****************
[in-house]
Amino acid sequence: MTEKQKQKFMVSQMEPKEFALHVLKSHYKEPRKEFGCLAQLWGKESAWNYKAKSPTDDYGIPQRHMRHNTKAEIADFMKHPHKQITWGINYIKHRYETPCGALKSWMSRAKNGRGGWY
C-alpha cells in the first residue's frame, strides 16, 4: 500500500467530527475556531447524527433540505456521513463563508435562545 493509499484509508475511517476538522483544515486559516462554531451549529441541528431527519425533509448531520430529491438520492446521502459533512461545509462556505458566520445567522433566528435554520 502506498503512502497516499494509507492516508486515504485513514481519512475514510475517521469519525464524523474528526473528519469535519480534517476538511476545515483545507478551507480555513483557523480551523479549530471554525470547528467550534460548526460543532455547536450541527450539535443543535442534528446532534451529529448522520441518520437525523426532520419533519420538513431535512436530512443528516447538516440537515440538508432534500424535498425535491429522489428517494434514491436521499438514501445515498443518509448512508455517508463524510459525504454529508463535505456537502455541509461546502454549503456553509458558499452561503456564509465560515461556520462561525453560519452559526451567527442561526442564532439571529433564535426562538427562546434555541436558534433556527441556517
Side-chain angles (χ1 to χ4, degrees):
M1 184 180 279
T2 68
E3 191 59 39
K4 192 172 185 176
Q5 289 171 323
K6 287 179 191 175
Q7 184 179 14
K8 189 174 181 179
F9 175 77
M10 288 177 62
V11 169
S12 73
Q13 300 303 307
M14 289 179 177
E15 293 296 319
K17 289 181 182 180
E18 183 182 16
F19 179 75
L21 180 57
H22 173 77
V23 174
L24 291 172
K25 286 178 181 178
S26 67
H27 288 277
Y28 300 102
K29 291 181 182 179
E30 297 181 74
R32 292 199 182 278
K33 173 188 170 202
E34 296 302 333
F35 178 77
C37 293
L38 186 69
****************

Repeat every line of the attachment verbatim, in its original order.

[in-house]
Amino acid sequence: MTEKQKQKFMVSQMEPKEFALHVLKSHYKEPRKEFGCLAQLWGKESAWNYKAKSPTDDYGIPQRHMRHNTKAEIADFMKHPHKQITWGINYIKHRYETPCGALKSWMSRAKNGRGGWY
C-alpha cells in the first residue's frame, strides 16, 4: 500500500467530527475556531447524527433540505456521513463563508435562545 493509499484509508475511517476538522483544515486559516462554531451549529441541528431527519425533509448531520430529491438520492446521502459533512461545509462556505458566520445567522433566528435554520 502506498503512502497516499494509507492516508486515504485513514481519512475514510475517521469519525464524523474528526473528519469535519480534517476538511476545515483545507478551507480555513483557523480551523479549530471554525470547528467550534460548526460543532455547536450541527450539535443543535442534528446532534451529529448522520441518520437525523426532520419533519420538513431535512436530512443528516447538516440537515440538508432534500424535498425535491429522489428517494434514491436521499438514501445515498443518509448512508455517508463524510459525504454529508463535505456537502455541509461546502454549503456553509458558499452561503456564509465560515461556520462561525453560519452559526451567527442561526442564532439571529433564535426562538427562546434555541436558534433556527441556517
Side-chain angles (χ1 to χ4, degrees):
M1 184 180 279
T2 68
E3 191 59 39
K4 192 172 185 176
Q5 289 171 323
K6 287 179 191 175
Q7 184 179 14
K8 189 174 181 179
F9 175 77
M10 288 177 62
V11 169
S12 73
Q13 300 303 307
M14 289 179 177
E15 293 296 319
K17 289 181 182 180
E18 183 182 16
F19 179 75
L21 180 57
H22 173 77
V23 174
L24 291 172
K25 286 178 181 178
S26 67
H27 288 277
Y28 300 102
K29 291 181 182 179
E30 297 181 74
R32 292 199 182 278
K33 173 188 170 202
E34 296 302 333
F35 178 77
C37 293
L38 186 69